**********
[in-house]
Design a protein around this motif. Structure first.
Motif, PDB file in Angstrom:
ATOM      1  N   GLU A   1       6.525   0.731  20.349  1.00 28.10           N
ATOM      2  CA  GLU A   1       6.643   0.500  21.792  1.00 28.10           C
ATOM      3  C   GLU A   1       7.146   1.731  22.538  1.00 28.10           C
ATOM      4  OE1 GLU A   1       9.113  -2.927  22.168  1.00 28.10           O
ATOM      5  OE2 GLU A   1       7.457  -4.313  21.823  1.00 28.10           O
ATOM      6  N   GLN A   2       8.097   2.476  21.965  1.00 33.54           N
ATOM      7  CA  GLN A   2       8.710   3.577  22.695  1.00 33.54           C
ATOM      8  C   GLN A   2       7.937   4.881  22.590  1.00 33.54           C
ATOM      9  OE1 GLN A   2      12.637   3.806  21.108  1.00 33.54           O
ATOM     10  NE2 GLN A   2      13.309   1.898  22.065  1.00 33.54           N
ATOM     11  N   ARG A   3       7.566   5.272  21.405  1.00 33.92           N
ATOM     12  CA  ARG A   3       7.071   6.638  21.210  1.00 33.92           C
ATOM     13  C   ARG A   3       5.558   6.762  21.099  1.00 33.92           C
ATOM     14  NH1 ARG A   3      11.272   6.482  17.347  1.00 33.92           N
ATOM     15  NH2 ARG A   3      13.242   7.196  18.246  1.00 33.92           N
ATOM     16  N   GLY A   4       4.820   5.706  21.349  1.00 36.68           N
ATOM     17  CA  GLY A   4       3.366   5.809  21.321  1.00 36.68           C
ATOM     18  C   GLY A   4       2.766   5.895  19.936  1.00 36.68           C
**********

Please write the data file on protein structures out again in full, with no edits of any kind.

[in-house]
Design a protein around this motif. Structure first.
Motif, PDB file in Angstrom:
ATOM      1  N   GLU A   1       6.525   0.731  20.349  1.00 28.10           N
ATOM      2  CA  GLU A   1       6.643   0.500  21.792  1.00 28.10           C
ATOM      3  C   GLU A   1       7.146   1.731  22.538  1.00 28.10           C
ATOM      4  OE1 GLU A   1       9.113  -2.927  22.168  1.00 28.10           O
ATOM      5  OE2 GLU A   1       7.457  -4.313  21.823  1.00 28.10           O
ATOM      6  N   GLN A   2       8.097   2.476  21.965  1.00 33.54           N
ATOM      7  CA  GLN A   2       8.710   3.577  22.695  1.00 33.54           C
ATOM      8  C   GLN A   2       7.937   4.881  22.590  1.00 33.54           C
ATOM      9  OE1 GLN A   2      12.637   3.806  21.108  1.00 33.54           O
ATOM     10  NE2 GLN A   2      13.309   1.898  22.065  1.00 33.54           N
ATOM     11  N   ARG A   3       7.566   5.272  21.405  1.00 33.92           N
ATOM     12  CA  ARG A   3       7.071   6.638  21.210  1.00 33.92           C
ATOM     13  C   ARG A   3       5.558   6.762  21.099  1.00 33.92           C
ATOM     14  NH1 ARG A   3      11.272   6.482  17.347  1.00 33.92           N
ATOM     15  NH2 ARG A   3      13.242   7.196  18.246  1.00 33.92           N
ATOM     16  N   GLY A   4       4.820   5.706  21.349  1.00 36.68           N
ATOM     17  CA  GLY A   4       3.366   5.809  21.321  1.00 36.68           C
ATOM     18  C   GLY A   4       2.766   5.895  19.936  1.00 36.68           C